- There’s a 3500 mAh battery that can last all day
- The phone supports 30W fast charging
- There’s still no wireless charging
Another key update on the Razr (2022) is its larger battery and faster charging – at least in comparison to the 2510 mAh battery and 15W charging found on the 2019 model.
The Razr now has a 3500 mAh battery with support for 30W TurboPower charging, which I found to be very speedy, though not as fast as the SuperVOOC charging found on some Oppo, OnePlus and Realme phones.
I tested the battery while streaming 1080p videos on YouTube to test how long it would last and found the battery dropped around 10% every hour doing this. The phone hit 90% in just over 1 hour, 80% in 2 hours and 11 minutes and 70% in exactly 3 hours.
At this rate, the phone should last 10 hours with this more intensive use or longer with more light use. For example, I found the phone easily lasted a day when using it to browse the web and snap photos around central London.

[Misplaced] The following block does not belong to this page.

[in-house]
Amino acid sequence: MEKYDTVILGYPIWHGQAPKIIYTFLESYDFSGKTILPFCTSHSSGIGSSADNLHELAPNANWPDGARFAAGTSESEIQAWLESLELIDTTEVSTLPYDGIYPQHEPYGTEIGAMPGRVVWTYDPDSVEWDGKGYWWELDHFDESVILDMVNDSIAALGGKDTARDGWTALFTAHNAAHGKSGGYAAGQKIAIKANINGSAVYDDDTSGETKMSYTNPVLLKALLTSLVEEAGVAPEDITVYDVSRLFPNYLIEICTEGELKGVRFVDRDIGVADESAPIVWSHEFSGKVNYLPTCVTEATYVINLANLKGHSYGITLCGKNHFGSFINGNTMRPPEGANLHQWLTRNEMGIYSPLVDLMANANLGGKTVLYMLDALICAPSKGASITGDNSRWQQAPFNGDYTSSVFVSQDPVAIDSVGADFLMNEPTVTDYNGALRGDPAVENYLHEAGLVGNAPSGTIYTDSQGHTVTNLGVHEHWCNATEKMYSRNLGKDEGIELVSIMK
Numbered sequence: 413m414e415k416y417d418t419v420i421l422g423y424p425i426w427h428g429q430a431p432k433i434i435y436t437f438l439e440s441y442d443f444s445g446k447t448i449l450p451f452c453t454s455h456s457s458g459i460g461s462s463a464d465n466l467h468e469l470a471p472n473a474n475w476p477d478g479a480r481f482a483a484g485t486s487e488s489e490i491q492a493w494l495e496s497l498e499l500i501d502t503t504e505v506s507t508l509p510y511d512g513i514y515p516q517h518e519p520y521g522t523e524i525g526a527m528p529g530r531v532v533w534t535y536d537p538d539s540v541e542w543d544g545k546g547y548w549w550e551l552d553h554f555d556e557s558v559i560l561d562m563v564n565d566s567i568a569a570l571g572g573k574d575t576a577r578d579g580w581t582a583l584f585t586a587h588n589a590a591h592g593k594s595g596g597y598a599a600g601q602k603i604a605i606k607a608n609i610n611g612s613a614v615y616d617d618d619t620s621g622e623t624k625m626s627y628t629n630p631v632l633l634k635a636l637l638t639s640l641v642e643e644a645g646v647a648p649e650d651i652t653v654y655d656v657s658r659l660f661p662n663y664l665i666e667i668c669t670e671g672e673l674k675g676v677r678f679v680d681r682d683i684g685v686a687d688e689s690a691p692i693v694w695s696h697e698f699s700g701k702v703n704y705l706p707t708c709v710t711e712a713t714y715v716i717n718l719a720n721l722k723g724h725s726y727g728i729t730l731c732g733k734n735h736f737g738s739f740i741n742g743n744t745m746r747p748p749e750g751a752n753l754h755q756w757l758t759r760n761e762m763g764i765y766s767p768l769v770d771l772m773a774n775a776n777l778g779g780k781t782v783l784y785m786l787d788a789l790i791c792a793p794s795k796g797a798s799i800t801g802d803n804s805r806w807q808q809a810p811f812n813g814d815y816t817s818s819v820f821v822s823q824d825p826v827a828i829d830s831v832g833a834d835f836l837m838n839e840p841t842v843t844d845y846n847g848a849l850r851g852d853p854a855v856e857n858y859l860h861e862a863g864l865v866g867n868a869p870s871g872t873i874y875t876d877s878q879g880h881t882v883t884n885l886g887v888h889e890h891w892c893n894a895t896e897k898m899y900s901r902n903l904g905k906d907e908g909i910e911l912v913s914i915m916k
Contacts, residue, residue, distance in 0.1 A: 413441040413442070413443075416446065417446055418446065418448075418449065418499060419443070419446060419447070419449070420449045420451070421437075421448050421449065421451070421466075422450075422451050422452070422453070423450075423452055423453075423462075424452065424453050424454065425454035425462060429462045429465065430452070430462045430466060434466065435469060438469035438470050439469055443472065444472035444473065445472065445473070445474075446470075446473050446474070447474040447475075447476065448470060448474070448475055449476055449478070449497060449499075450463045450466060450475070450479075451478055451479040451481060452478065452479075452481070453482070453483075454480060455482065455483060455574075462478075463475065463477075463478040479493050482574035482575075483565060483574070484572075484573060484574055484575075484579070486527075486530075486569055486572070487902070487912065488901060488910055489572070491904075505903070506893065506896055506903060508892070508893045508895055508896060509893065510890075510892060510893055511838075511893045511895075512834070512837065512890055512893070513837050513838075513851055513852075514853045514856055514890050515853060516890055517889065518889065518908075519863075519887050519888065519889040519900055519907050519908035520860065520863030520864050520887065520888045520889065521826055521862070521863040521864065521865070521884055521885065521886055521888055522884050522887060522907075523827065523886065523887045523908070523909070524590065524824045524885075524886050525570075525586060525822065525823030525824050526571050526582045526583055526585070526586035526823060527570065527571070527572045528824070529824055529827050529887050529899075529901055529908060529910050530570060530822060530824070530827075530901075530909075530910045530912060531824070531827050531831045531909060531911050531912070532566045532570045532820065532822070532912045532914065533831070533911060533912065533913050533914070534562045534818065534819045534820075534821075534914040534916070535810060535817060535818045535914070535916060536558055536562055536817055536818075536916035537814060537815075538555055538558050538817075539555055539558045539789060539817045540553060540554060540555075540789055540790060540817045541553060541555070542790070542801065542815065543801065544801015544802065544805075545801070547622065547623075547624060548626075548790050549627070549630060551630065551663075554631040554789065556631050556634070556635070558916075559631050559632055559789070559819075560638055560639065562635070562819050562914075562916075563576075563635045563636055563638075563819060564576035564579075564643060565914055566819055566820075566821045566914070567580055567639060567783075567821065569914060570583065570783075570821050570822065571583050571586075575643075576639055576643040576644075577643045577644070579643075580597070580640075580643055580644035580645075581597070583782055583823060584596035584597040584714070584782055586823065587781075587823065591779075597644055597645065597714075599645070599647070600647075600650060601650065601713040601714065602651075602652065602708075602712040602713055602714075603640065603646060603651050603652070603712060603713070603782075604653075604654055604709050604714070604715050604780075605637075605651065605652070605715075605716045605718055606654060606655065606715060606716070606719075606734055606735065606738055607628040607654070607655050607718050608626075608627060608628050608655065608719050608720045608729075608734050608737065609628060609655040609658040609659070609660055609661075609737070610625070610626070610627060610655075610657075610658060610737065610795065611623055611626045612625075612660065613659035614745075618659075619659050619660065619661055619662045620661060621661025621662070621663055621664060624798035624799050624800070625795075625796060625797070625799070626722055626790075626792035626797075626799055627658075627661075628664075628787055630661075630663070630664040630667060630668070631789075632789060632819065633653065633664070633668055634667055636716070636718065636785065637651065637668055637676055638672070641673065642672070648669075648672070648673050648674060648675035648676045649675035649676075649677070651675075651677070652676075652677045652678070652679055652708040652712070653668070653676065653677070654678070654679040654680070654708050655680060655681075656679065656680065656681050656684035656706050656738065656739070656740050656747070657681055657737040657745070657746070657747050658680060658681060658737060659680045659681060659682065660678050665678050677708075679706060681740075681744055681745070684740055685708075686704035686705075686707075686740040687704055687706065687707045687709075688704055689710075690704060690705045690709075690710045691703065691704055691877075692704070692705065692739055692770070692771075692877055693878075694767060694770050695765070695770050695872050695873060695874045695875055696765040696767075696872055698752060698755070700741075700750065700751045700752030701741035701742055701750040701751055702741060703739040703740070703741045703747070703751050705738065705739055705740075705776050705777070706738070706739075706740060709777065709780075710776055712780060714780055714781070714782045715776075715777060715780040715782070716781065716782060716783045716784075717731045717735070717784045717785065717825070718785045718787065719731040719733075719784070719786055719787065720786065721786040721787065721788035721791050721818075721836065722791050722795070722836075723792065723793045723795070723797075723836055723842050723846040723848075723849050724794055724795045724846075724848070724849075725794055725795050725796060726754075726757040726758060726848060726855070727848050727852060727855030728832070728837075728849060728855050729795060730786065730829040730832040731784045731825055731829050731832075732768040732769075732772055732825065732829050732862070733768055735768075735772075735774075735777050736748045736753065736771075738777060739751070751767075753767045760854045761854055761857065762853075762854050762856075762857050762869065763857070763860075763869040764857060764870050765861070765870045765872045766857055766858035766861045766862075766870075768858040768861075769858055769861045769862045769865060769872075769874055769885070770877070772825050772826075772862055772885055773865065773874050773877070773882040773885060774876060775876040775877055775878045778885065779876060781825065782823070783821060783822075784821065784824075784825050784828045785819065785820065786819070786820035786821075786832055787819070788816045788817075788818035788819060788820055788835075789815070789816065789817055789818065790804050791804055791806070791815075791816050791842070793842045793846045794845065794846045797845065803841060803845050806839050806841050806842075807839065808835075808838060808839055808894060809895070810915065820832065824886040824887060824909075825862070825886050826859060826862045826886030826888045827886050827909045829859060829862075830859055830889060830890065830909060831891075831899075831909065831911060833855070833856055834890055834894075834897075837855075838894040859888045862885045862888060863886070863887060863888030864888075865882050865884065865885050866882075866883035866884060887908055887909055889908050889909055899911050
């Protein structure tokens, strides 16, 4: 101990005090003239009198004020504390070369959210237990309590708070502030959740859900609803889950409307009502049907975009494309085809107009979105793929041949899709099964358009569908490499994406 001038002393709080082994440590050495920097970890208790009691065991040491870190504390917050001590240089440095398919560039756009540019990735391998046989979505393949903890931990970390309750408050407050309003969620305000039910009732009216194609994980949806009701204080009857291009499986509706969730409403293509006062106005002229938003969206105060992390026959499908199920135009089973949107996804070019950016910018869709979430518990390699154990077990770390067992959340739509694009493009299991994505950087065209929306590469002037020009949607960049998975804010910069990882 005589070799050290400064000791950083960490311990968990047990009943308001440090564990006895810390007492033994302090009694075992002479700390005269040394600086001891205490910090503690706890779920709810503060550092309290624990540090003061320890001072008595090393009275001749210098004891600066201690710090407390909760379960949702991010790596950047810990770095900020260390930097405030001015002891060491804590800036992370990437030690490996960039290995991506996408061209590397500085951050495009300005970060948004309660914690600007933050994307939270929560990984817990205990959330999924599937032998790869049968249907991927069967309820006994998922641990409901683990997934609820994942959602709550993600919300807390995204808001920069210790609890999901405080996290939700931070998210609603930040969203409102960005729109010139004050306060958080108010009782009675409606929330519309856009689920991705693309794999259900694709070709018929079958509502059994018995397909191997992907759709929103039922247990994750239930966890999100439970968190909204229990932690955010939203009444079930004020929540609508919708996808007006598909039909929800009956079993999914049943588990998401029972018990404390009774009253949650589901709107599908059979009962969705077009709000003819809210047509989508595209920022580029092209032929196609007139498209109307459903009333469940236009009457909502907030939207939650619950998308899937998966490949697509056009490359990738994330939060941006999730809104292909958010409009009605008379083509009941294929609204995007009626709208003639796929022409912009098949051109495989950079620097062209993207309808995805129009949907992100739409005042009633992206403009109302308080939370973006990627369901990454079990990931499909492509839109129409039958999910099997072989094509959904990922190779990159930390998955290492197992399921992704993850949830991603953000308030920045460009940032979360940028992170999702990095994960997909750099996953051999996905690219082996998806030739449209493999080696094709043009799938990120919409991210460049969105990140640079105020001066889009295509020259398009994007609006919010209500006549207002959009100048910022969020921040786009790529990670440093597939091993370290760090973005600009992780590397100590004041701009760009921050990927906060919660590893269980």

Despite the updates in battery life and fast charging, one feature still missing is wireless charging. During the press briefing, a representative for Motorola explained that the company chose to prioritise fast charging and keeping the device pocketable over adding the feature.
I don’t think this was necessarily a bad choice, but it would have been good to see wireless charging on board as this has become a standard many have come to expect among high-end phones these days.
Should you buy it?
You want a foldable that feels like a flagship phone: The Razr has dropped some of its more novelty features, prioritising improvements to its camera, battery and chipset. It’s still very pricey, but the Razr (2022) feels significantly more like a £1000 phone than its predecessor did.
You want to zoom in close: While the rear camera has seen substantial improvements this time around, it still can’t compete with some of our favourite camera phones, including the zoom on the Samsung Galaxy S22 Ultra.